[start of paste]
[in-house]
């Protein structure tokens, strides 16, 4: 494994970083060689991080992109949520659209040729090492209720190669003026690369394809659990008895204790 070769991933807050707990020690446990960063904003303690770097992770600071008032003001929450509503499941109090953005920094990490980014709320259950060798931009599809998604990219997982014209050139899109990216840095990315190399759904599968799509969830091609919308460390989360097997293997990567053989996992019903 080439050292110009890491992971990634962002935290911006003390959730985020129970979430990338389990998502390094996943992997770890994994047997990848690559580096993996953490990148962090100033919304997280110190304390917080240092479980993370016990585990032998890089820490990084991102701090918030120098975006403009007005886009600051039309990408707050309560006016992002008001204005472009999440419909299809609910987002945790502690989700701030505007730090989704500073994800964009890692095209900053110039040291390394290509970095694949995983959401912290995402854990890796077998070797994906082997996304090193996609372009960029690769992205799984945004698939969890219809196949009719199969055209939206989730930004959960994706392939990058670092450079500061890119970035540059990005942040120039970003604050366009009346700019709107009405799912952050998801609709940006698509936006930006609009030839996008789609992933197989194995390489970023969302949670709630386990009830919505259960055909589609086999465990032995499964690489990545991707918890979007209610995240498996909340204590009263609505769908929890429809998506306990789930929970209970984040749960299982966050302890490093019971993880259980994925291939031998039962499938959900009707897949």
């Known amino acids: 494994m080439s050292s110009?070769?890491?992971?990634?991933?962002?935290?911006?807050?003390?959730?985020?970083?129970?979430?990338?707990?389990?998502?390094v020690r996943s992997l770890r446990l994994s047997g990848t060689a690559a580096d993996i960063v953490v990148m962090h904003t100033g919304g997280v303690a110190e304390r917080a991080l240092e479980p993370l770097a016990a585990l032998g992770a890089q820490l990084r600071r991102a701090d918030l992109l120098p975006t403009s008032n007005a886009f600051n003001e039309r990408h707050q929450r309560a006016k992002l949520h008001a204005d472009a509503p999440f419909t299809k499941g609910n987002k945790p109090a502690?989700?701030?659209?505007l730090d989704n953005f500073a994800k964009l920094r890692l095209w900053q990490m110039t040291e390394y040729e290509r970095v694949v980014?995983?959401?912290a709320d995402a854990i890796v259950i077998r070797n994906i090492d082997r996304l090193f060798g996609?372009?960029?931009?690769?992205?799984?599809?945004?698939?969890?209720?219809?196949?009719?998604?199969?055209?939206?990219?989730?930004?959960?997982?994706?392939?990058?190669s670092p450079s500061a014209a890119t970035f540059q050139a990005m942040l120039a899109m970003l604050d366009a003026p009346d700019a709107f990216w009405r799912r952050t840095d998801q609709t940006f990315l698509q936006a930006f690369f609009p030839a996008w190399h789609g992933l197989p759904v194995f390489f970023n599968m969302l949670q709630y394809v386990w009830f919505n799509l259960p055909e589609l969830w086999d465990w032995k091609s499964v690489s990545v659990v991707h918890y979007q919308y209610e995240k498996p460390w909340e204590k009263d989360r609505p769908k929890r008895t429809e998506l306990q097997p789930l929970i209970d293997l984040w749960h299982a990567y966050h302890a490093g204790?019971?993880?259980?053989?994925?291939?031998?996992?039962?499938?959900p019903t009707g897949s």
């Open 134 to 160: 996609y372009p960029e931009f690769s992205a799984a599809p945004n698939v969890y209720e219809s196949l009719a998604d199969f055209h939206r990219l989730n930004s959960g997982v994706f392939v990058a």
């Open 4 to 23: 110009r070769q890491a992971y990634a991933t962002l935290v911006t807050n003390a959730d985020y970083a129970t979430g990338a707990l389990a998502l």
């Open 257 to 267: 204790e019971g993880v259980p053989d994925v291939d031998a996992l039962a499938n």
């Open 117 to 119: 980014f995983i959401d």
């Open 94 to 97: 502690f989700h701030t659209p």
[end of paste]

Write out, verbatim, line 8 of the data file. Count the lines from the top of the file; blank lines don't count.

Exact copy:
């Open 94 to 97: 502690f989700h701030t659209p």